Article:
Breadsong: How Baking Changed Our Lives – Kitty and Al Tait

Published By: Bloomsbury
Pages: 458
Released On: 28/04/2022

“If you had told me at 14 when I couldn’t even get out of bed with depression and anxiety that three years later I would have written a book I would never have believed you. But here it is – the story of the Orange Bakery. How I went from bed to bread and how my Dad went from being a teacher to a baker”. – Kitty Tait

Breadsong tells the story of Kitty Tait who was a chatty, bouncy and full-of-life 14 years old until she was overwhelmed by an ever-thickening cloud of depression and anxiety and she withdrew from the world. Her desperate family tired everything to help her but she slipped further away from them.

One day, her dad Alex, a teacher, baked a loaf of bread with her and that small moment changed everything. One loaf quickly escalated into an obsession and Kitty started to find her way out of the terrible place she was in. Baking bread was the one thing that made any sense to her and before long she was making loaves for half her village. After a few whirlwind months, she and her dad opened the Orange Bakery, where queues now regularly snake down the street.

Breadsong is also a cookbook full of Kitty’s favourite recipes including:

  • The Comfort Loaf made with Marmite, and with a crust that tastes like Twiglets
  • Bitesize queue nibbles, doughnuts with an ever-changing filling to keep the bakery queue happy
  • Sticky fika buns made with mix-and-match fillings such as cardamom and orange
  • Happy bread covered with salted caramel
  • Cheese straws made with easy homemade ruff puff pastry
  • The ultimate brown butter and chocolate chip cookies with the perfect combination of gooey centre and crispy edges.


Radio 2 has a lot to answer for; every time they feature an author on their Sunday morning show, I HAVE to go and buy it, and this was no exception.

I debated whether to write a review for this book, as a cookbook is a cookbook is a cookbook right? Wrong. I have read an awful lot of cookbooks over the years, some chock-a-block full of recipes such as Jamie Oliver or Mary Berry, and some with a more story-like feel, like Nigel Slater, but I’ve never read a cookbook with as much heart and soul and passion written in every word as this one. Half of the book is a narrative of how the bakery was born, and the other consists of a number of delectable bread and pastry based offerings.

On my first read, I decided I’d note down the recipes I wanted to try, but I soon gave up when I realised I was just copying out the whole book. I wanted to make them all. At first, I was a little dubious as to why they had to spend 150 odd pages writing about their life story, and would it just be something to skip to get to the recipes. But I was proved wrong almost instantly. Sure, as a cookbook you can skip to the recipe half, which is fine. But the first half has so much heart in it that it makes you appreciate what goes into the recipes that much more.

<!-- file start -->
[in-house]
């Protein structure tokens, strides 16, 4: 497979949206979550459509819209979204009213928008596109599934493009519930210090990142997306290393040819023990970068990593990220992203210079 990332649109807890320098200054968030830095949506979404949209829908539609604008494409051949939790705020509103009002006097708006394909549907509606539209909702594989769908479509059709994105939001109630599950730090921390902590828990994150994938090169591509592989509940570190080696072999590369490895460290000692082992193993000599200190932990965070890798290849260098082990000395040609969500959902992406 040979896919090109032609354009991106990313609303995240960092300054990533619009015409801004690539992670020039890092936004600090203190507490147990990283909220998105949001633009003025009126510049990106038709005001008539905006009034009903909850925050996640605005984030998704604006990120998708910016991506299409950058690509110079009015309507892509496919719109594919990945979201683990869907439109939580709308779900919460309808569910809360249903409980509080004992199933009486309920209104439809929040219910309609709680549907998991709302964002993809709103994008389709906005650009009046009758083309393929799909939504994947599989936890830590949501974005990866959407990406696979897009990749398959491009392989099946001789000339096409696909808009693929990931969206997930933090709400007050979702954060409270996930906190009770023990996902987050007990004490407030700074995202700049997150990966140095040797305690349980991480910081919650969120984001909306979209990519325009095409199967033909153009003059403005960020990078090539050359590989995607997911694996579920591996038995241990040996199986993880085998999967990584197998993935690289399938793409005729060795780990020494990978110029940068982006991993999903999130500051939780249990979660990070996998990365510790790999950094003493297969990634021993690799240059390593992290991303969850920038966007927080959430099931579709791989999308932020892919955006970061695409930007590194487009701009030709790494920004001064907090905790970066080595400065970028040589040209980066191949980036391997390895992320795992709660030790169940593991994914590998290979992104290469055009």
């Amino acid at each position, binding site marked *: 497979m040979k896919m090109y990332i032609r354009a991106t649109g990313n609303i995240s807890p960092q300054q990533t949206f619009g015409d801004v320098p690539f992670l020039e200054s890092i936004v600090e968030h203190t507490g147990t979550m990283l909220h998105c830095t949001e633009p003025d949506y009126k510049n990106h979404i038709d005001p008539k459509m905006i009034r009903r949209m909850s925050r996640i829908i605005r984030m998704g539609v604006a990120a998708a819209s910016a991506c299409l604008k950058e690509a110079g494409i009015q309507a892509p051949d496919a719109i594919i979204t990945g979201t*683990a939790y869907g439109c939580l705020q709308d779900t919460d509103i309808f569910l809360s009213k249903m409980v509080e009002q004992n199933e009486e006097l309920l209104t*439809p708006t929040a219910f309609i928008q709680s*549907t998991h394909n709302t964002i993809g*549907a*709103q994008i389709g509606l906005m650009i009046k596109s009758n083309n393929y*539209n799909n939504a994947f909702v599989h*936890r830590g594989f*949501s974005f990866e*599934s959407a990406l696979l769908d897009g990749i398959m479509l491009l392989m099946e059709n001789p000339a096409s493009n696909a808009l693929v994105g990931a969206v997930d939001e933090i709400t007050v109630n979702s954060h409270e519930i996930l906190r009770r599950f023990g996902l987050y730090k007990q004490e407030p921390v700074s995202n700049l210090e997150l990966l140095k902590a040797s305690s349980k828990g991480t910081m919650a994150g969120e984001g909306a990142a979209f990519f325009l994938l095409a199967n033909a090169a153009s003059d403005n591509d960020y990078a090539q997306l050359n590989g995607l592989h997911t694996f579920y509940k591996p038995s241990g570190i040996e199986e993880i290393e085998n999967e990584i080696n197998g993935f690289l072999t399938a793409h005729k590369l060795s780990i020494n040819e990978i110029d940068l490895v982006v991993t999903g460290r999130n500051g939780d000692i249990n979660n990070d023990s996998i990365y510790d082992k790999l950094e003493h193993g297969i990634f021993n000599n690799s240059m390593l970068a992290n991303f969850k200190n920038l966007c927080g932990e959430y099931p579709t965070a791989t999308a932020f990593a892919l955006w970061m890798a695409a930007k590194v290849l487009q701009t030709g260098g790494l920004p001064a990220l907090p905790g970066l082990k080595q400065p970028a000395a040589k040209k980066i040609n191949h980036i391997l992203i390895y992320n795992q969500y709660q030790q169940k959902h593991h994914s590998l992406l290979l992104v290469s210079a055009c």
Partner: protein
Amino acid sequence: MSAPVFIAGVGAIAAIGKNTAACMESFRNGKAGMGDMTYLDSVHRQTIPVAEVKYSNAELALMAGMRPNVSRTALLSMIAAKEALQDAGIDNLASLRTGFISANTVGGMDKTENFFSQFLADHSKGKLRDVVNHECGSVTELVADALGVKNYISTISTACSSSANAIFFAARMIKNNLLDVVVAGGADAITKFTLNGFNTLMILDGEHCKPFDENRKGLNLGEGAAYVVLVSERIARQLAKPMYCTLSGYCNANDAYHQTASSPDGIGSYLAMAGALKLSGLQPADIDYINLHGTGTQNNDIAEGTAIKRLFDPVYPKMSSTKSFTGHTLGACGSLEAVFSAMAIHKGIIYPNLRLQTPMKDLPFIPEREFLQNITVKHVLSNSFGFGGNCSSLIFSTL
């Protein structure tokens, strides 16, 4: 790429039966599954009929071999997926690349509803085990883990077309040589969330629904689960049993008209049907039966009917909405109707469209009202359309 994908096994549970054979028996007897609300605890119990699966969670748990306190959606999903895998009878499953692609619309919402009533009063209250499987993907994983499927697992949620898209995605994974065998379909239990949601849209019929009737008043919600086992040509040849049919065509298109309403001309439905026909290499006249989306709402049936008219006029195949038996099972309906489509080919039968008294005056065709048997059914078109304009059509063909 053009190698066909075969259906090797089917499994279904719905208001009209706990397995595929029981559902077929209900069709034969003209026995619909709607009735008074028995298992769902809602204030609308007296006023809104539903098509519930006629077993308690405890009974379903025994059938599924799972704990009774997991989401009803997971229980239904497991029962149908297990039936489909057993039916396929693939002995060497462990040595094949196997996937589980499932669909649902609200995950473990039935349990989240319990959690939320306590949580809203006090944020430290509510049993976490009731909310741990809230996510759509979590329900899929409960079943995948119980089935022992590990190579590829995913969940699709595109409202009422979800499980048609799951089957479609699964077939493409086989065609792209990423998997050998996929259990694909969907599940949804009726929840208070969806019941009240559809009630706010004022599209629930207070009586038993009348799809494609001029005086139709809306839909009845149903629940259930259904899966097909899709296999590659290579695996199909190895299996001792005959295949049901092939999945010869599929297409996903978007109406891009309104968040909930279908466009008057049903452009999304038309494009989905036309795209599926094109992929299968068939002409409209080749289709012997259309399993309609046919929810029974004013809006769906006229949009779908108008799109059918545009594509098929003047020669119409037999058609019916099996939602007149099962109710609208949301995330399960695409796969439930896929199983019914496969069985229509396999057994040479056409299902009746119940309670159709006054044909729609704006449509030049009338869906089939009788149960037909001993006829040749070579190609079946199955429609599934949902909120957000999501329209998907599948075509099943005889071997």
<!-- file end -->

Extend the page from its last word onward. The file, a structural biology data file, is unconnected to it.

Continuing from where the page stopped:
It evoked such a smell and image of freshly made bread that I had to pause reading it to make my own loaf so that I could continue reading with some warm fresh bread with an inch of butter melting slowly into it. It reminded me why I love baking bread so much.

It is a cookbook with the power to make you cry – or it did to me. The difficulties Kitty and her family went through, the difficulties of mental and physical health, financial worries – but bizarrely, it was the power that bread has over people that made me emotional. If you’re not a baker then you may not realise what I mean by that. I bake (unprofessionally), although not as much as I used to thanks to a Neurological condition I have developed, but I still try to when I can. Baking has always been my way of dealing with fierce emotions. When I lost my dad, I baked an absurd amount of cakes and biscuits for the hospice staff; I bake (and eat) when I’m stressed, when I’m sat, when I’m bored, when I’m happy. It’s just my moment to completely forget about everything else and the joy you get seeing someone enjoy what you’ve made is priceless. And to see that written down on paper was what made me cry.

What’s that famous saying? Don’t cry over spilled milk? But you can cry over a freshly made loaf of bread.

There are some photographs scattered around the recipe section of the book, but the first half contains little sketches which I believe are done by one half of the baking team Al. They’re not necessarily professional drawings but they have their own charm. They’re simple and quirky but express what they’re meant to. It means they don’t overwhelm the text but instead complement it.

I think it’s a testament to the recipe writing that the first one I chose to make was The Comfort Loaf – a white bread with marmite in. Considering I cannot stand marmite – like, I dislike it with a passion – this is quite the credit. Marmite is still not my thing – and I did have issues getting the bread out of the tin (my mistake) – just the smell of it coming out of the oven made me smile.

I can’t really put it into words – and not sound corny or sappy over bread – what this book has done for me. I’ve always wanted to put my baking recipes in a book, but as I’ve got more and more unwell, and I’m unable to bake nearly as much as I’d like to, I thought that wasn’t an option, but I’m starting to think that it might actually be the answer.

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